A big one for those of you with student loan payments. Effective for plan years beginning in 2024, employers will be able to amend their 401k plans to allow you to get the matching 401k contribution for any money you put towards your student loans….While it’s up to the employer themselves if they choose to implement this, I suspect many will as a way to attract and retain young talent.

457 Plan Flexibility:

A quick note for our favorite government employees: Starting in 2024, participants in government 557 plans will be able to update their contribution amounts at any given point throughout the year rather than only in the first month of the year (making it the same as 401k’s, 403b’s, and TSP’s all of which we can update whenever we want)

Required Minimum Distribution Updates:

As a brief reminder/explainer, required minimum distributions are the distributions that the government mandates you take from your 401k’s/IRA’s when you reach a certain age. That age has historically been age 70 1/2. In 2019, this was pushed back to age 72 and now it is being pushed back again to age 75 (at least for everyone getting this email who will turn 74 after December 31, 2032.)

Quite simply, this is either a neutral or positive development for all of us because you can still take money out of your retirement accounts at any age after 59 ½ if you want to…but you now have more time until you are OBLIGATED to do so. If you reach retirement and don’t need the money yet, pushing off retirement income for a few extra years will push out your income tax liability, grant you an extra few years of tax-deferred growth, stave off higher Medicare Part b/D Premiums and give us more time to do Roth Conversions & do estate planning.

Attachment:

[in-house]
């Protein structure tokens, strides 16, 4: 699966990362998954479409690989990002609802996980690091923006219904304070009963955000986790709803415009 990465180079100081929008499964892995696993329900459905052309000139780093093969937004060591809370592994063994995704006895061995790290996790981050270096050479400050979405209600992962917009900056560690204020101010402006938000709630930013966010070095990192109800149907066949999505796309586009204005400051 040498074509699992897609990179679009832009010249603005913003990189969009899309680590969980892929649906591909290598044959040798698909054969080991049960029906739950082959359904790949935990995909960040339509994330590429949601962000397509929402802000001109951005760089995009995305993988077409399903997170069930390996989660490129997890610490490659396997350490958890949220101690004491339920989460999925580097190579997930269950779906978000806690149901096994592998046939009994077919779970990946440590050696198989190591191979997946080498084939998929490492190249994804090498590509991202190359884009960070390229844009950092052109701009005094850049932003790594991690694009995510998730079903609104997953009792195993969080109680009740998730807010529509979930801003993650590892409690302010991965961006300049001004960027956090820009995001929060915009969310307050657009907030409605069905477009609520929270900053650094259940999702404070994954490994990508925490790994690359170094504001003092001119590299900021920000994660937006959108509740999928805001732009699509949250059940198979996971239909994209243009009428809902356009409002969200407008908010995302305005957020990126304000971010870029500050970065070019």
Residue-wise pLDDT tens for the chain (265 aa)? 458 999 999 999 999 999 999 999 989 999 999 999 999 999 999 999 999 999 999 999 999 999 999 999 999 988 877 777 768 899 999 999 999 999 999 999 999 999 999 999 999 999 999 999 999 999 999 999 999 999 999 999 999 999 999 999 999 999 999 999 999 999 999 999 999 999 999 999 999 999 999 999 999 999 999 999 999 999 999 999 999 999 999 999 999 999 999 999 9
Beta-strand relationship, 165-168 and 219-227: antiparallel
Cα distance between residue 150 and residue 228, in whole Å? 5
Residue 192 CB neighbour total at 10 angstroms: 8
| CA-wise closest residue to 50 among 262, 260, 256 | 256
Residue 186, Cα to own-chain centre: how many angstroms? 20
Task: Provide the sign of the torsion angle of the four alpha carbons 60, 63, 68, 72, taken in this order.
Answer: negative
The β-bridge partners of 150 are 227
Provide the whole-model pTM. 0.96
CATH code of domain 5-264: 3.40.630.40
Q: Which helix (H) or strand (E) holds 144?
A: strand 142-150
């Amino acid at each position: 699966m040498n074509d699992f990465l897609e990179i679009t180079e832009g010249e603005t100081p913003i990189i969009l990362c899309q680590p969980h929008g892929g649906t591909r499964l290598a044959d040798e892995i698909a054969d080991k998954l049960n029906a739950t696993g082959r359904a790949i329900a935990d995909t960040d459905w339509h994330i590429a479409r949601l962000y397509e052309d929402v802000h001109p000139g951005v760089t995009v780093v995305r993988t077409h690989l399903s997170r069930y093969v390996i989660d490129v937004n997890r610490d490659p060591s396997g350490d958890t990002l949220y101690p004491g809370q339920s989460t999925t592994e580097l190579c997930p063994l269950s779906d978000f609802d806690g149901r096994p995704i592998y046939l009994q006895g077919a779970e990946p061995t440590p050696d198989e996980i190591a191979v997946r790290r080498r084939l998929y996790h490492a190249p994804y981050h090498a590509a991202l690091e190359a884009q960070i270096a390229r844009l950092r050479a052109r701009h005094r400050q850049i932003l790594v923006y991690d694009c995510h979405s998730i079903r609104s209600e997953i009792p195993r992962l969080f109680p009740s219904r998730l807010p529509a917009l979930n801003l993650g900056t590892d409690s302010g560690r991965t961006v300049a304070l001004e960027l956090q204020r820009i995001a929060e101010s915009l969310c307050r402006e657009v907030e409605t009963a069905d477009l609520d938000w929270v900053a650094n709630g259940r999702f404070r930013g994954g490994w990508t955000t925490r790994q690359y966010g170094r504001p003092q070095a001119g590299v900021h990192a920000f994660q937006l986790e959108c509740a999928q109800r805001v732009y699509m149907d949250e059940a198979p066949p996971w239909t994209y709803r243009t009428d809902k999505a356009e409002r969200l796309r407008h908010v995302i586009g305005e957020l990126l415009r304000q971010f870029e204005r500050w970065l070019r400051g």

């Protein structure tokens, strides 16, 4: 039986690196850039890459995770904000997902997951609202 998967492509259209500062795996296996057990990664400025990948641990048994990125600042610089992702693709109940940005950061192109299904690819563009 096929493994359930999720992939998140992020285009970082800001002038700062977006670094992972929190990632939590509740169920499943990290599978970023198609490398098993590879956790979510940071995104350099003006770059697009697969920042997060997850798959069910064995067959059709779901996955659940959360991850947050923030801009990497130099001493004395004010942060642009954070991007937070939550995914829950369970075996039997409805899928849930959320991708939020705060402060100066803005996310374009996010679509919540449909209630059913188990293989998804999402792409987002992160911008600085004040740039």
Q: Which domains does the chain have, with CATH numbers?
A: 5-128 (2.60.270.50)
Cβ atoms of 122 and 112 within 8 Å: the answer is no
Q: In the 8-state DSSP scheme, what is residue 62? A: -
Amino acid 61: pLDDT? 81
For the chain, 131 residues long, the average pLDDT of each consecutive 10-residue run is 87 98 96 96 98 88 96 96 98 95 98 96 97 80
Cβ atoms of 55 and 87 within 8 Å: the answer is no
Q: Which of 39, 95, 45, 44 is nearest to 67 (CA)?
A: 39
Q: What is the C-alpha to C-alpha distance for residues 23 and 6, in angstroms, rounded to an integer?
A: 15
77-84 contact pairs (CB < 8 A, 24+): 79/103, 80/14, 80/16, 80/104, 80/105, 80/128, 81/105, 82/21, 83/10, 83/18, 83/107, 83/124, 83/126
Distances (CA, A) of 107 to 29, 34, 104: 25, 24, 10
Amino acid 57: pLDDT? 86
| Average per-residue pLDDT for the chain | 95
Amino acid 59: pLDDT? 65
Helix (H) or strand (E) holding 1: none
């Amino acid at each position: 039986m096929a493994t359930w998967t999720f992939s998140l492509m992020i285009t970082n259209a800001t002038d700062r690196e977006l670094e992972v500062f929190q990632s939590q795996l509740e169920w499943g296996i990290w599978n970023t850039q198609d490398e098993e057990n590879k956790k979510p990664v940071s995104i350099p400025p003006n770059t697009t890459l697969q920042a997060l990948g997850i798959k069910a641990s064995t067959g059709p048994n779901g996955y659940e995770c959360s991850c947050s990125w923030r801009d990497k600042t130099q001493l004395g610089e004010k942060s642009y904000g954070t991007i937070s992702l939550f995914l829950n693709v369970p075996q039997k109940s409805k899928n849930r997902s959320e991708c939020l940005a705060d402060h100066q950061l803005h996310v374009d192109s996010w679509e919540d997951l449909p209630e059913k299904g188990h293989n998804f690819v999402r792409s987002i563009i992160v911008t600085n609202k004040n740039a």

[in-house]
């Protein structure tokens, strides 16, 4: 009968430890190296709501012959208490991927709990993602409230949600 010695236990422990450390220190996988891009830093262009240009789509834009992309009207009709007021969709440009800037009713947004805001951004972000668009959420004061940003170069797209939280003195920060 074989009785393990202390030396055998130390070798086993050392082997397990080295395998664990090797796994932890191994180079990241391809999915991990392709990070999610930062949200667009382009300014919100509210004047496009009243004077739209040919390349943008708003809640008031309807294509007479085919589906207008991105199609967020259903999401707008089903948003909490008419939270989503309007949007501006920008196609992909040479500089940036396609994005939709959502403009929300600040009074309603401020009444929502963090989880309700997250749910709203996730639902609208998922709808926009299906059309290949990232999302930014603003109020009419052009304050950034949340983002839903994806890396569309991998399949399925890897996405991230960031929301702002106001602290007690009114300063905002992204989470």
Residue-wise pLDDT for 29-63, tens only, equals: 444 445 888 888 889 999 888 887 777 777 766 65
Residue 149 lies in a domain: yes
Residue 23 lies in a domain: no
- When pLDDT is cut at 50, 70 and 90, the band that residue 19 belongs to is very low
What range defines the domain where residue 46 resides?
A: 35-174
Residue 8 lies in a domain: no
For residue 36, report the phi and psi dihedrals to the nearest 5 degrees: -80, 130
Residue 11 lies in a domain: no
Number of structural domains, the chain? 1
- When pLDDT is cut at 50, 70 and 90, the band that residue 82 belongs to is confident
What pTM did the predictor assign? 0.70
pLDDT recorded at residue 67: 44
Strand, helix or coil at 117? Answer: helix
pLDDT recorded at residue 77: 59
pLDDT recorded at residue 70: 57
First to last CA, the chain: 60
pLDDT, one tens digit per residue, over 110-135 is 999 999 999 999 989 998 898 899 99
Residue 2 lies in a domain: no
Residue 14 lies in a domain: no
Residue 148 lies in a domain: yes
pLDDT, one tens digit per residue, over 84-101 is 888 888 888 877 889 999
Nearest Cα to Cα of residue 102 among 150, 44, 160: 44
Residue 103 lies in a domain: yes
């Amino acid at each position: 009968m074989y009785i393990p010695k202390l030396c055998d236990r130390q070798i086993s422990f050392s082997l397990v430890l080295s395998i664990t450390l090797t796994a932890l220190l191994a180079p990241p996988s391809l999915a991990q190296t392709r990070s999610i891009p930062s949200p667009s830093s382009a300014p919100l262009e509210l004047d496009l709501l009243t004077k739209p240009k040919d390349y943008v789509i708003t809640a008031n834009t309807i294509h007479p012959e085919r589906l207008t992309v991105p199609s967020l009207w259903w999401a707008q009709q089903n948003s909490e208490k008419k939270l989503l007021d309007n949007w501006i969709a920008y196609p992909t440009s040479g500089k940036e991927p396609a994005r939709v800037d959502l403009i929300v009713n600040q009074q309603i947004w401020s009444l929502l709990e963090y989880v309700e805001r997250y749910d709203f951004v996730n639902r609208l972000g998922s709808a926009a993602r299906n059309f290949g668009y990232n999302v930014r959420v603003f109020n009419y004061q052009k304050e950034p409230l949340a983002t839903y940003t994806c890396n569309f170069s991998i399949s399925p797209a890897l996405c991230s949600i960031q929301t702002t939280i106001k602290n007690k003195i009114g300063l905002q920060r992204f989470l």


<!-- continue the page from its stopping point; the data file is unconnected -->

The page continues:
Roth 401k’s & RMD’s Roth IRA’s already didn’t have RMD rules (you can let your Roth IRA’s grow as long as you want to without having to take distributions) & now Roth 401k, Roth 403(b)’s (aka Roth employer accounts) have this same feature as well.

Again, all of this will take some time for employers/custodians to start incorporating (even the elements starting immediately) but most of these are positive developments that will lead to more flexibility and tax-advantaged saving in the long run…Cool!

As always, let me know if you have any questions on this (or anything else). You can book your Right Fit Call with me here!